by Doug Walker
Beginning immediately after the spring semester, I had the pleasure of teaching an intersession course focused on data-driven marketing with twenty students. The 3-week course revolved around an actual customer database (scrubbed of identifying information), consisting of almost 200,000 customers and 60 variables for each customer – about 12 million data points. The course was designed to simulate the experience of an internship. It was very hands-on – the students worked with the data for 2 ½ hours every day.
The course consisted of three parts. The first week, we worked on cleaning and appending the data. The second week we analyzed the data, calibrating and validating models estimating the probabilities of response to marketing activities and the expected size of the response, incorporating both logistic and linear regression. We spent the third week using a decision analysis framework to make resource allocation decisions based on our analyses. Over the final few days, each student specified, calibrated, and validated a probability model and a size model that could be used to decide which customers should receive a sales call in the future. On the final day of class, the students competed by applying their models to a holdout sample of customers to see who could produce the highest profits.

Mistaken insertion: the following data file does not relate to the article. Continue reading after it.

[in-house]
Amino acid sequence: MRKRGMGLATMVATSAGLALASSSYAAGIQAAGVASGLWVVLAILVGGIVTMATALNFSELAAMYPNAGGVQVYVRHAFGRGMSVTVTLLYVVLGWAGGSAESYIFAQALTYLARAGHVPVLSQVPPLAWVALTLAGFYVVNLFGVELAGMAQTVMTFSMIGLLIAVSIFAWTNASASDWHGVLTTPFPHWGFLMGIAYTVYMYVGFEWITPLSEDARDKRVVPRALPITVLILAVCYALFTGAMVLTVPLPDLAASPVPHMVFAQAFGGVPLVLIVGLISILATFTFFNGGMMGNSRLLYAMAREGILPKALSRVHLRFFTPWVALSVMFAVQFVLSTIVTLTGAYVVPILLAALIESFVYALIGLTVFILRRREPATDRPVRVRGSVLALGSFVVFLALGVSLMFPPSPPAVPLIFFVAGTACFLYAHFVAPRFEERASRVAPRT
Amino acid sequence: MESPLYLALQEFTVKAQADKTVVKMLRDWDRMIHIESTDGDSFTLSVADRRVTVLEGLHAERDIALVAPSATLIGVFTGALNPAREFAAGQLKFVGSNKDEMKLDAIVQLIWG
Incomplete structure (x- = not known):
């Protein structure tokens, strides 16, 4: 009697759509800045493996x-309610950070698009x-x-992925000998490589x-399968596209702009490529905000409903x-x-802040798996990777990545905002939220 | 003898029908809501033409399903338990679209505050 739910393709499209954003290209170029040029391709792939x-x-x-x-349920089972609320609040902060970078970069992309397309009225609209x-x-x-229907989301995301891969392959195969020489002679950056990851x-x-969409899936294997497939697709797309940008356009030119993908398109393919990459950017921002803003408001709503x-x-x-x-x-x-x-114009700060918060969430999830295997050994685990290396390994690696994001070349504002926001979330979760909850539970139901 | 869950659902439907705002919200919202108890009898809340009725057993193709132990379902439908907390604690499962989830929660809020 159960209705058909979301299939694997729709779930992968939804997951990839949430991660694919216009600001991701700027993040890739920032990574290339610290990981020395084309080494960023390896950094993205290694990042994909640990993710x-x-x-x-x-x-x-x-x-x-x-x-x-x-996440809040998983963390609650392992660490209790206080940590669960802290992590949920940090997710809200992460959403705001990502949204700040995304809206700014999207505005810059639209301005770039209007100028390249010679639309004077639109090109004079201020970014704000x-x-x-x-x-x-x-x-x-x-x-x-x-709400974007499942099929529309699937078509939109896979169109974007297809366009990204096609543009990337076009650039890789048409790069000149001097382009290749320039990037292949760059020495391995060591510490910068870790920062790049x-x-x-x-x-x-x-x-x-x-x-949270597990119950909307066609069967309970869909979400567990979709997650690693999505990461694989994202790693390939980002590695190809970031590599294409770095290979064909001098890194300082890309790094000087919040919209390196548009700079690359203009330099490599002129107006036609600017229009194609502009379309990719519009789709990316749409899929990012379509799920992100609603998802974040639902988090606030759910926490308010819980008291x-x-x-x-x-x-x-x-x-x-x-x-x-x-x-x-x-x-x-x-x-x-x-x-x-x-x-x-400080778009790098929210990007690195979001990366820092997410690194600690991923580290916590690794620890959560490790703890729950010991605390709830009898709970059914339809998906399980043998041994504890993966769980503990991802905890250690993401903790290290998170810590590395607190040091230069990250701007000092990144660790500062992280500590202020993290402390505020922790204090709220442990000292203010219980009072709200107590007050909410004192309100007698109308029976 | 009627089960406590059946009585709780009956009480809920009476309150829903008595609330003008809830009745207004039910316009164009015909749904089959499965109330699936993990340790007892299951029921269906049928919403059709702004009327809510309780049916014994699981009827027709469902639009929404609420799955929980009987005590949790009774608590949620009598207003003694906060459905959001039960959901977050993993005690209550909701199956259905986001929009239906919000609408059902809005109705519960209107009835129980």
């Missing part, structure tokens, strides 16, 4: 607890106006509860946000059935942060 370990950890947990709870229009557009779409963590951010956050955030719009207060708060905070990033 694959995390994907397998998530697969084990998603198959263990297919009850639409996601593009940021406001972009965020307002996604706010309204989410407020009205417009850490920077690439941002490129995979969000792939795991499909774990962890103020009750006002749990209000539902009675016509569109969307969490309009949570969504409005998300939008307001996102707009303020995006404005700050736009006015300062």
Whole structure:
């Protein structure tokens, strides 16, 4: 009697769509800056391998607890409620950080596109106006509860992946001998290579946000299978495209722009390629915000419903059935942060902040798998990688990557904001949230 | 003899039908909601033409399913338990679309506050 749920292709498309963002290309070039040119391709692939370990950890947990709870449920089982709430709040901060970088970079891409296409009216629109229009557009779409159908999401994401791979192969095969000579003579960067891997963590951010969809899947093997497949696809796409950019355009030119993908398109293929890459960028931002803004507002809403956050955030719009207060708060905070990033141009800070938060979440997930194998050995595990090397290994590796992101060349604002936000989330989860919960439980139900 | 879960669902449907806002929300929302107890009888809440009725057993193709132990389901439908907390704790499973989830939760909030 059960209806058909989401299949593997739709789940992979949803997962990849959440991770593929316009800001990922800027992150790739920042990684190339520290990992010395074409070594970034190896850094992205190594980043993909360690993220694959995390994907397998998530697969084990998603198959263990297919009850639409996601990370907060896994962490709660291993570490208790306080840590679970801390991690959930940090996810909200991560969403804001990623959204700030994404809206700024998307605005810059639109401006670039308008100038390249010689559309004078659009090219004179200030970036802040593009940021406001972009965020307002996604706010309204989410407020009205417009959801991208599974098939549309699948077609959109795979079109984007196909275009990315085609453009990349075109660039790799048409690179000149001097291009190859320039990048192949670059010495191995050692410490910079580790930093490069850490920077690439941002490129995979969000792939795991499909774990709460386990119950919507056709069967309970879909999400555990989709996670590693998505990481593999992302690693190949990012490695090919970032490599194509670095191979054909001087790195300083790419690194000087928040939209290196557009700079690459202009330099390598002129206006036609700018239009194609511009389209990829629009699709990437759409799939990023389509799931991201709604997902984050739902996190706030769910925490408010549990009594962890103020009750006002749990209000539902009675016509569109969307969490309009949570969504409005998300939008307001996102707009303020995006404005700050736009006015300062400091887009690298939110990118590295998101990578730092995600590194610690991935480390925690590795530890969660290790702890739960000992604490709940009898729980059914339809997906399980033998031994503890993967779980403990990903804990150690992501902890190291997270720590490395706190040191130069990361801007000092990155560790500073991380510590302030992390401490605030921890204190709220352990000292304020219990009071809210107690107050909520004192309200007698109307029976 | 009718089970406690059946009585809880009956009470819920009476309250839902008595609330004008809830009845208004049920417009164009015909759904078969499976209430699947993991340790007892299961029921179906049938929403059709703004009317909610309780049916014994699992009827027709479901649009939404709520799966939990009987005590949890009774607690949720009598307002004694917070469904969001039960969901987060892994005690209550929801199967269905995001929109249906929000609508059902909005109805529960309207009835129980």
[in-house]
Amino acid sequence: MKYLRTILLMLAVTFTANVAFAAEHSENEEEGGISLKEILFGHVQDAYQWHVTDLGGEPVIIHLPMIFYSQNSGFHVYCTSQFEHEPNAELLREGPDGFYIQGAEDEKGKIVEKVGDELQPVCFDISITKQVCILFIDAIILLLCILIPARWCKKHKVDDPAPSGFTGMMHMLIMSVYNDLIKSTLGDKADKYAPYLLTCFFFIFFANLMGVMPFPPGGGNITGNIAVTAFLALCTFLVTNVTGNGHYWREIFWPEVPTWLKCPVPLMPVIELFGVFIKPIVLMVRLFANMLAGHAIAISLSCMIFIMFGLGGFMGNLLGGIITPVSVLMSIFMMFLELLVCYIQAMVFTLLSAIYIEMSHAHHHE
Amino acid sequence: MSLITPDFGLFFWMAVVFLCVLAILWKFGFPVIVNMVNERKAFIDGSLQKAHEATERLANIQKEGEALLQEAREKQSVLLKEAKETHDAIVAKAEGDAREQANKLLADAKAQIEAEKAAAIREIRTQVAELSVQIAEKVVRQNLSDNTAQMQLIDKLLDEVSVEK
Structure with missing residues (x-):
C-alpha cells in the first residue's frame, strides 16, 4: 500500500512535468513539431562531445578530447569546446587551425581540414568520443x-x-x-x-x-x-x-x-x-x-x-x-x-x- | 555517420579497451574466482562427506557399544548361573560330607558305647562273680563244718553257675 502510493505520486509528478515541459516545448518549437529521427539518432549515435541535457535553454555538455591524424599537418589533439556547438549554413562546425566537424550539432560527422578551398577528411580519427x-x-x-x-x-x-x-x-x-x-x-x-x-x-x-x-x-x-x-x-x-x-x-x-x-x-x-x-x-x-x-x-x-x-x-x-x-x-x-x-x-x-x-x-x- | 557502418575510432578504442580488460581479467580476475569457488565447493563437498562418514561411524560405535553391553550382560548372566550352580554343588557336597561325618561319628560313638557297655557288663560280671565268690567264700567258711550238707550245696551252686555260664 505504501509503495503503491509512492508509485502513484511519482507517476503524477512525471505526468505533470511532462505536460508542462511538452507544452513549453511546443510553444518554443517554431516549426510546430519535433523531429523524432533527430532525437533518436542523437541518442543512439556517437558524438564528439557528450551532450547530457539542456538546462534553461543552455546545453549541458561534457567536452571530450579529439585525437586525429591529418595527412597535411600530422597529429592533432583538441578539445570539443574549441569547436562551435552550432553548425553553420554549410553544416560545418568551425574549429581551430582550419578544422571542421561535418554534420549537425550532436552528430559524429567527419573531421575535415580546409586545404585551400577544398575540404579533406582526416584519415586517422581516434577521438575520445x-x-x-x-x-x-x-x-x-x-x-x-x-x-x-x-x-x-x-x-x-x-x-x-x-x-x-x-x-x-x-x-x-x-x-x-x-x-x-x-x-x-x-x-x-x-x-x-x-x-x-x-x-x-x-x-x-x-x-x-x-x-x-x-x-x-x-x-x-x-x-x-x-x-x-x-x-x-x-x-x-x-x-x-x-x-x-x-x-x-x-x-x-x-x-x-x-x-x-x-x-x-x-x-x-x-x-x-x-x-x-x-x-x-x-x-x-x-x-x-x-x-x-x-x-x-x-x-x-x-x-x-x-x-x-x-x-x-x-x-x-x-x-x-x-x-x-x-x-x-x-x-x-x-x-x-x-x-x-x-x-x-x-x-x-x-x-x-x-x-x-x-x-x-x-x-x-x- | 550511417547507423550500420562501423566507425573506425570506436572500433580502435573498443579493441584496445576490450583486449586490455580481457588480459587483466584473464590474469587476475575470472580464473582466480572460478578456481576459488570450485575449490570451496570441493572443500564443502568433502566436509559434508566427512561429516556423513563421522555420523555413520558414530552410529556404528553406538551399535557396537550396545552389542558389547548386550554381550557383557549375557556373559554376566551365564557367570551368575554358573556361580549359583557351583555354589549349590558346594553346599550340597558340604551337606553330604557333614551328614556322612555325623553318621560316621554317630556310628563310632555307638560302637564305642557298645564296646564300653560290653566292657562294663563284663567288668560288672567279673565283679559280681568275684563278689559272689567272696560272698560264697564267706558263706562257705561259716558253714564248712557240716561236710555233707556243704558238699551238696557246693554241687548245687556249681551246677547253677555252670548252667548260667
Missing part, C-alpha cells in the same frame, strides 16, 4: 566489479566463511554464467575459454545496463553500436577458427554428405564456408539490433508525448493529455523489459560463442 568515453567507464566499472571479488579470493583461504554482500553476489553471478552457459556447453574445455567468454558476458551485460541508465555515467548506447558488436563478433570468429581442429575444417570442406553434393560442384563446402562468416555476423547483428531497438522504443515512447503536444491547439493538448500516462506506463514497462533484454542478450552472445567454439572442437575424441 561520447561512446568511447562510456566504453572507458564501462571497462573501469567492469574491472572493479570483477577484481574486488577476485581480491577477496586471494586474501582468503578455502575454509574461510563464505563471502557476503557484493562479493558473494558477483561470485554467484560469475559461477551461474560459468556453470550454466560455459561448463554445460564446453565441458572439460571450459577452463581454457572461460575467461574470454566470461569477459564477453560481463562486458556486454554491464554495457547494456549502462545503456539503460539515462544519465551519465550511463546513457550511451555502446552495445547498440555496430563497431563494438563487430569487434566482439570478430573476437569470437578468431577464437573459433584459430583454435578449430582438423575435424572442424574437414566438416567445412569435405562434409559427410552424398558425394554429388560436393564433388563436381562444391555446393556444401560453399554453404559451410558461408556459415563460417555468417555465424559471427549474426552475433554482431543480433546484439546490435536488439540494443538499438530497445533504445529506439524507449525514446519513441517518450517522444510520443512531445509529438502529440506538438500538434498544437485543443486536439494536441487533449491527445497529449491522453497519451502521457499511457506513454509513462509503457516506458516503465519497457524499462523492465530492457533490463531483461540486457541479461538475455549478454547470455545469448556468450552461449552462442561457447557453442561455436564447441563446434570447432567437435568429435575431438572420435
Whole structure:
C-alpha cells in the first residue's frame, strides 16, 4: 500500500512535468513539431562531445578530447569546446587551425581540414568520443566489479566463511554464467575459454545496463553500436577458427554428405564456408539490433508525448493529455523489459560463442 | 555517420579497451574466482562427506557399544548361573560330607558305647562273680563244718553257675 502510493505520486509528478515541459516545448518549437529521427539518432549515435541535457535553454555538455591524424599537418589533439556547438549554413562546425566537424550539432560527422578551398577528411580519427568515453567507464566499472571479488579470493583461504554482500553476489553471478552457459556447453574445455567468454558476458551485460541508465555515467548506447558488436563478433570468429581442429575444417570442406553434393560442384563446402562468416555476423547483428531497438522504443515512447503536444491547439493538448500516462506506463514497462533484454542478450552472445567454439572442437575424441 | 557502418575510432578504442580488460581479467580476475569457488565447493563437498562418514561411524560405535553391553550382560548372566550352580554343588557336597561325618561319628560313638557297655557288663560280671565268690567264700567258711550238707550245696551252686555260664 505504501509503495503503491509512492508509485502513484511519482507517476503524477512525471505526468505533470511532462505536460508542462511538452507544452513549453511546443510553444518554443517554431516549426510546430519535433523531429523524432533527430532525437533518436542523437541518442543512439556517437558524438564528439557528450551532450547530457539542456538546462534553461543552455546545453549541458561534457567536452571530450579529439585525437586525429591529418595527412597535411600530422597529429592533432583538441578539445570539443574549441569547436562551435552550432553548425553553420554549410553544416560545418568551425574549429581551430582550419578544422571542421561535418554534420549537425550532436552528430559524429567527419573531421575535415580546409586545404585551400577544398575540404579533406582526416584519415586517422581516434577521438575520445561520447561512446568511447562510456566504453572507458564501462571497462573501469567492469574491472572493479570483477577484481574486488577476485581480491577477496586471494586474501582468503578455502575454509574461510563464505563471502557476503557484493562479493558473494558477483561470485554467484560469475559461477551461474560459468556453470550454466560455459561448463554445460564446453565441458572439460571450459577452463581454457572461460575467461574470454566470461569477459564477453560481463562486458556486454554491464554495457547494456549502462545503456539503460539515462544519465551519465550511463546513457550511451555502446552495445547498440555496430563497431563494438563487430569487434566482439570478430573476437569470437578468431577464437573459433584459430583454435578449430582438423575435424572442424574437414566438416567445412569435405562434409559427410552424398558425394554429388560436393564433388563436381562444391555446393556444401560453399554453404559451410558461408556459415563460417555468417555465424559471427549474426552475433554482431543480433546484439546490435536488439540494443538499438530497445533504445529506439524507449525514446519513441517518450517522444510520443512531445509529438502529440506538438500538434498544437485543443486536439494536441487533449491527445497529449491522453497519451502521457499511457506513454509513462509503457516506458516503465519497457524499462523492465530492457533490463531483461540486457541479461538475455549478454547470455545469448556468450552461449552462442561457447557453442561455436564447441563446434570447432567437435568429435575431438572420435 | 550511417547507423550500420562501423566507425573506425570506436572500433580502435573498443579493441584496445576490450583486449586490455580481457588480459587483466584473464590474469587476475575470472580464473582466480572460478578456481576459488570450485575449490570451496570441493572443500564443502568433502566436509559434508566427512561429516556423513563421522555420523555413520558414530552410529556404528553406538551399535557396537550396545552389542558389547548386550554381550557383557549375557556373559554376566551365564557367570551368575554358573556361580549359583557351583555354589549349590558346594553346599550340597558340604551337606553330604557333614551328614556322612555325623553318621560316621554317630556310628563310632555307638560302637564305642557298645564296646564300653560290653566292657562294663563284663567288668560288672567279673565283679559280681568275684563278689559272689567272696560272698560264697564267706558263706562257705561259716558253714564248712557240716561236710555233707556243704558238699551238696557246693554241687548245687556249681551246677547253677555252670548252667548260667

The objective of the course was to begin to prepare these students to bridge the gap between the marketing and sales managers they will one day become and the analysts that are gaining insights from the data being collected. Understanding how data can ultimately enhance decision-making is critical for contemporary managers. The students learned about managing data, analyzing data, and making data-driven decisions; as well as greatly enhancing their Excel skills along the way.
The course will be regularly offered beginning in the Spring of 2018, under the title of Customer Relationship Management, providing students with insights into the role of applied data analytics in marketing and sales.